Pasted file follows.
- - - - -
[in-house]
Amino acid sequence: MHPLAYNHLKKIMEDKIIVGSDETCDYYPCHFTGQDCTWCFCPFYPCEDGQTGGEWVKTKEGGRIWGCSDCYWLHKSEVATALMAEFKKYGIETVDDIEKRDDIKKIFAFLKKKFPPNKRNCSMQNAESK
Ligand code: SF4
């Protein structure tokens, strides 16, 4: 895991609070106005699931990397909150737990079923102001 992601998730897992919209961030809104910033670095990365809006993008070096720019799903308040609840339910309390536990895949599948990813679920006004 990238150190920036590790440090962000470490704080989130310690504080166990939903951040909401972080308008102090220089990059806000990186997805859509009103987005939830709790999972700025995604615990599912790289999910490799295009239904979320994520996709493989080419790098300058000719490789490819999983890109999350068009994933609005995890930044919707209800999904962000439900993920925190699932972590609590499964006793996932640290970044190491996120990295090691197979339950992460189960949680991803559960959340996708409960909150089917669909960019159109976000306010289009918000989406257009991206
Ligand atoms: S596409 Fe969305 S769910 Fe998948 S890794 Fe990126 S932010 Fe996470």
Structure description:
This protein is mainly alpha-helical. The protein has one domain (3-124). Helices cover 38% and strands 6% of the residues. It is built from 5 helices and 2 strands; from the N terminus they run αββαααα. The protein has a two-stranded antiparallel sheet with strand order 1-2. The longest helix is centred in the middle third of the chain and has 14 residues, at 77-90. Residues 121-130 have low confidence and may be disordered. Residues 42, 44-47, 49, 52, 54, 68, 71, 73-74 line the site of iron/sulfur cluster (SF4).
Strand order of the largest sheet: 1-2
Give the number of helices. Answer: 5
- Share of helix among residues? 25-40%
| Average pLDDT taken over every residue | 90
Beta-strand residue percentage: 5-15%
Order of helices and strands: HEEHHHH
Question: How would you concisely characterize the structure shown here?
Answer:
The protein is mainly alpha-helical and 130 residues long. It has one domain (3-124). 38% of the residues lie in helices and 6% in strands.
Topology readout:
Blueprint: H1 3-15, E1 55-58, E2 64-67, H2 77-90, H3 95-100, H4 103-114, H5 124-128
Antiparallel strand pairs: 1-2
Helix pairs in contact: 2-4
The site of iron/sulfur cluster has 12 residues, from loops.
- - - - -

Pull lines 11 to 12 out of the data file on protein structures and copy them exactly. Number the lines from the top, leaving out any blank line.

| Average pLDDT taken over every residue | 90
Beta-strand residue percentage: 5-15%